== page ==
Play something different for a change to upset your opponents thinking process...
The Six-Pawns-Attack is an unusual chess setup for White against the King's Indian defense or the Benoni defense. I believe the Six-Pawns-Attack is not played at all in serious tournament play.
To play an opening like this seems dubious to a chess players mind. It can't be right to move so many pawns in the opening and expose the king at the same time, to attack so early. There must be something wrong with this chess setup. Something like this can't be correct. This line of play MUST be punished by Black. This is not the way how chess should be played.One day God gave the SIX-PAWNS-ATTACK unto man and all chess players on the planet EARTH were screaming: Man! You can't play chess like that. Everybody knows that!
Really?! Is that so? This would be the way how the logical thinking process of a chess players mind would evolve. Yes! This is so....I agree BUT still, there is a shadow of a doubt in my mind. And has it ever been proven that the Six Pawn Attack is not playable?? Is there a refutation known to men... somewhere? I don't know any!
I challenge you. Play this opening in a serious game. Probably your game will be the first in the database since a long time. Your opponent might be extremely surprised and you might win just like that and run him over because he has no idea how to handle "this crap".
You can't mess around when you have Black. If Black keeps wondering what to do and plays too slow, White will overrun him at the kingside as Black will have no counterplay at all. Black's knight on d4 will just sit in the center, very lonely and waiting for something to happen...and might wait forever.
There is a saying in germany: One bird is not making a summer.
And I say here in this respect:
One black knight in the center (on d4) is not making a center attack.
After all this chess setup might not be bad at all but just has been forgotten and is out of fashion.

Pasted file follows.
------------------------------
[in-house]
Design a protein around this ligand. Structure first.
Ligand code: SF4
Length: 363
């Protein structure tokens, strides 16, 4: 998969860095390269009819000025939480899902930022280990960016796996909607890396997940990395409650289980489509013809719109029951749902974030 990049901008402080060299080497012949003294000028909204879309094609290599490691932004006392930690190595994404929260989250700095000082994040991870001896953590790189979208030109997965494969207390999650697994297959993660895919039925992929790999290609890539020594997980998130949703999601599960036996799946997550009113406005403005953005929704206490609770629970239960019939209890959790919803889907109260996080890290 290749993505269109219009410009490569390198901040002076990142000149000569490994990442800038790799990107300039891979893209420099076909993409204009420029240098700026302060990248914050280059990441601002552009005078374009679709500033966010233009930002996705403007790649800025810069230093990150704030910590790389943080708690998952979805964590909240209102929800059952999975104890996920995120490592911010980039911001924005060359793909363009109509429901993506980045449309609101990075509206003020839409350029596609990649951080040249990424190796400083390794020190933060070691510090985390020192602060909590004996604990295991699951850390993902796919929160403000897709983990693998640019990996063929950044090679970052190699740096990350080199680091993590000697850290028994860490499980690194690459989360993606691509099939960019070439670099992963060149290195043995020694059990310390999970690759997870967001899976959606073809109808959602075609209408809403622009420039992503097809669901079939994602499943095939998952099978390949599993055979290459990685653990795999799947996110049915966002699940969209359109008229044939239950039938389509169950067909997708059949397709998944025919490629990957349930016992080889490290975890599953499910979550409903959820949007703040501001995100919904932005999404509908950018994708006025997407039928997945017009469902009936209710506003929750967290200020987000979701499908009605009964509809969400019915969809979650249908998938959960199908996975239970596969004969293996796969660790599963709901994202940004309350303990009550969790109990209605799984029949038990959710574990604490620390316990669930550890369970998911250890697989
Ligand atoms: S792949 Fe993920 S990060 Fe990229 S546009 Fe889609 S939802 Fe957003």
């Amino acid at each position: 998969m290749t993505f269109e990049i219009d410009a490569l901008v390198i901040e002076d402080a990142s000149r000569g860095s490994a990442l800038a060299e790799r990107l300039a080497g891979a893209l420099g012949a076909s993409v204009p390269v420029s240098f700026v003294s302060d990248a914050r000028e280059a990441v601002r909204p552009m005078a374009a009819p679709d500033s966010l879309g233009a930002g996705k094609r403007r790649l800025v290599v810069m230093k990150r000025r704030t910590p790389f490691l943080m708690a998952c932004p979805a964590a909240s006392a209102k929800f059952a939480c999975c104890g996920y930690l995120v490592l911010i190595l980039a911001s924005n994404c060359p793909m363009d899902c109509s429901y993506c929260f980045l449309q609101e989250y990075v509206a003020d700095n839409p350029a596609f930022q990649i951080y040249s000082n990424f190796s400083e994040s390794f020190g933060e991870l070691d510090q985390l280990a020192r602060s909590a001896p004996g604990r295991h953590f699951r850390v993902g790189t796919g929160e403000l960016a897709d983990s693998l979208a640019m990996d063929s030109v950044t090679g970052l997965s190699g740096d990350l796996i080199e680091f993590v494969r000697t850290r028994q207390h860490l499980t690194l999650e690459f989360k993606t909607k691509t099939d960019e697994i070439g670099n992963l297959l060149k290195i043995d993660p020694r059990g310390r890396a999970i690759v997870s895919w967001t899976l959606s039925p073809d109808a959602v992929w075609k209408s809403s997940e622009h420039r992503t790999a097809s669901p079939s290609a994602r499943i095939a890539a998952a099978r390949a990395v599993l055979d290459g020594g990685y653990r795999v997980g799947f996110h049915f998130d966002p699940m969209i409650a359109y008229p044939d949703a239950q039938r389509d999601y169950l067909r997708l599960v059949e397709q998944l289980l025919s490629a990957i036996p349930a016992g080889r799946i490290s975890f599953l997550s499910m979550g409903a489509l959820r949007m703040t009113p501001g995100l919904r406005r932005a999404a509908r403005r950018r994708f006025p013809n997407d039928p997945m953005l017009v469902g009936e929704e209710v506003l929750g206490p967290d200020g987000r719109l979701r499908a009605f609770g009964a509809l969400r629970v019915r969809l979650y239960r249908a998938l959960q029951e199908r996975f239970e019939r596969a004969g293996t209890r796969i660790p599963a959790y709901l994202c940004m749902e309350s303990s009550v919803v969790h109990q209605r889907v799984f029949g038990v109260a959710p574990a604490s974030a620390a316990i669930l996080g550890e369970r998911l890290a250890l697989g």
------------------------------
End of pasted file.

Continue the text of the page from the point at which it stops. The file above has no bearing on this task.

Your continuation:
It starts with the moves: 1.d4 Nf6 2.c4 g6 3.Nc3 Bg7 4.e4 d6 5.f4 0-0 6.Be2 c5
If Black does not play 6...c5 but 6...Na6 (which is followed by 7...e5 - which will blast open the center) then forget about the Six-Pawns-Attack and switch over to the Four-Pawns-Attack and play 7.Nf3 instead (and not 7.g4).
7.d5 e6 8.dxe (If you play here 8.Nf3, this leads to the Four-Pawns-Attack) fxe
Important hint: If Black recaptures here with the bishop 8...Bxe you play 9.Nf3. (see diagram below)
|Open the h-file as fast as possible. Don't waste time! You don't have any!||Later on you MIGHT castle long or you don't castle at all but move the king to f2 or d2(somewhere) to get your a1-rook out.|
|At this stage I firmly believe that the white knight must be placed at g5 most of the time! So don't move a pawn to g5 unless it is profitable, as this pawn will block this square for the knight. Check this out! The Queen must get somehow to the h-file if possible or to d3 to put x-ray pressure on the weak pawn on g6! If Black does not play Qa5 fast, you first play your queen to d3 to avoid that the queen gets locked in by the d2-bishop and after that play your bishop to d2. From there the queen can go to h3 later on or sooner or later you push the e5 pawn and attack the g6-pawn with the queen at the same time.||This should be your "dream-position". Black has wasted time with 10...Bd7 (instead of playing 10...Qa5 after which your queen gets locked in after 11.Bd2) But now your queen is out and IS ABLE to go to h3 sometime. Most importantly you can play your bishop to d2 and castle long. What's wrong with that? White has a slight advantage.|
You can apply the Six-Pawns-Attack even better if Black plays the Benoni defense, because the center is closed already and Black can't play the uncomfortable variation with 6..e5 which I will call the anti-six-pawn variation. (see replayable games) which blasts open the center..
You enter the same position but this is only possible if Black does not play e6 early, but plays d6 first and fianchettoes his bishop. See the following diagram.